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#include <iostream>

std::ostream & operator<<(std::ostream & stream, char const * const data)
{
return std::operator<<(std::operator<<(std::operator<<(stream, "Initialize\n"), data), "Clean Up\n");
}

int main()
{
std::cout << "Hello World!\n";
return 0;
}
or
#include <iostream>

namespace my
{
int main()
{
std::cout << "Hello World!\n";
return 0;
}
}

int main()
{
std::cout << "Initialize\n";
int r = my::main();
std::cout << "Clean Up\n";
return r;
}
Σnigma

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Guest Anonymous Poster
Quote:
Original post by bpoint
If you're just interested in hijacking main, why bother with #defines and namespaces when you can just change the entrypoint? :)


Nice idea, you can do something like this:


#pragma comment(linker, "/entry:Dummy")

int main(void)
{
std::cout << "Hello World!" << std::endl;

return NULL;
}

void Dummy(void)
{
std::cout << "Foo" << std::endl;

main();

std::cout << "Bar" << std::endl;
}

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Quote:
Original post by Anonymous Poster
Quote:
Original post by bpoint
If you're just interested in hijacking main, why bother with #defines and namespaces when you can just change the entrypoint? :)


Nice idea, you can do something like this:

*** Source Snippet Removed ***


It crashes in VC6.0

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Quote:
Original post by TEUTON
It crashes in VC6.0

That source by itself probably would. None of the ctors are being called, which means libc and stdio file streams aren't even being initialized.

You'll have to call the ctor function table manually first.

Edit: Okay, I had a few minutes over lunch to whip up some code to do it right. This code works on VC6, 2003 and 2005. VC6's libc startup is different than 2003/2005, hence the changed initialization path. It also seems that VC2005's std::cout does not have any dependance on libc initialization, so the last post by raz0r does actually work.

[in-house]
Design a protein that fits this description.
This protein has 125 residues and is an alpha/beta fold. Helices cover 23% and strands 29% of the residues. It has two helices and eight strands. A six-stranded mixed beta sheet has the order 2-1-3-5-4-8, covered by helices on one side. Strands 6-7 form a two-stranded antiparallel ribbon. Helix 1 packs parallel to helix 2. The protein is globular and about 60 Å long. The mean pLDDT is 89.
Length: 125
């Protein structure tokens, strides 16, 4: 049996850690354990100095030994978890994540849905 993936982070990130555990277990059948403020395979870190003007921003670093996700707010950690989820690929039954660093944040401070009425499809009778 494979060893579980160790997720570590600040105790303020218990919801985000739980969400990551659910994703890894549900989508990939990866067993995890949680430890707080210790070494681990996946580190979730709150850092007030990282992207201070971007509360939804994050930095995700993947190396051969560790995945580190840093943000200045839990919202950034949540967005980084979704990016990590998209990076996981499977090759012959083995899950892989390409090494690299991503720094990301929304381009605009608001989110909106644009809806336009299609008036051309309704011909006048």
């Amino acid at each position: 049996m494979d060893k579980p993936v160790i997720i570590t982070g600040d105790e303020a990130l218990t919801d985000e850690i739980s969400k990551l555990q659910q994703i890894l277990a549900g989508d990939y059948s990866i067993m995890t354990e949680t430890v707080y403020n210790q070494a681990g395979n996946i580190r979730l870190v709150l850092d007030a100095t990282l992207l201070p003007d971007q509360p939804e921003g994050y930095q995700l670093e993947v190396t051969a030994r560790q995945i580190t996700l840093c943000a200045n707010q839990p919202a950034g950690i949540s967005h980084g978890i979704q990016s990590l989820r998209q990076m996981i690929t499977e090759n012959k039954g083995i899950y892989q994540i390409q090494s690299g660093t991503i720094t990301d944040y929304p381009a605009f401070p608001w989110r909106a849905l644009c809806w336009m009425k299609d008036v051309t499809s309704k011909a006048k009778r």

Anyway, here's the code. It's not pretty. :)
#include <iostream>

#define _CRTALLOC(x)

typedef void (__cdecl *_PVFV)(void);

extern "C" {
// pointers to initialization sections
extern _CRTALLOC(".CRT$XIA") _PVFV __xi_a[];
extern _CRTALLOC(".CRT$XIZ") _PVFV __xi_z[];// C initializers
extern _CRTALLOC(".CRT$XCA") _PVFV __xc_a[];
extern _CRTALLOC(".CRT$XCZ") _PVFV __xc_z[];// C++ initializers

extern int _heap_init(int);
extern void _ioinit(void);
extern void _cinit(void);

// taken from internal.h
extern void __cdecl _initterm(_PVFV *, _PVFV *);
extern void _RTC_Initialize(void);
};

#pragma comment(linker, "/entry:entrypoint")

int main()
{
std::cout<<"Hello World!\n";
return 0;
}

void initialize()
{
#if _MSC_VER < 1300
// initialize heap
_heap_init(0);

// initialize lowio
_ioinit();

// do C data initialize
_cinit();
#else
// initialize runtime C library
_RTC_Initialize();

// call C/C++ initializers
_initterm(__xi_a, __xi_z);
_initterm(__xc_a, __xc_z);
#endif
}

void entrypoint()
{
initialize();

std::cout<<"Initialize\n";

main();

std::cout<<"Clean Up\n";
}


Note that dtors aren't called, and the onexit/atexit table is not even initialized. If you want full functionally, feel free to implement them. :)


[Edited by - bpoint on March 1, 2006 10:10:11 PM]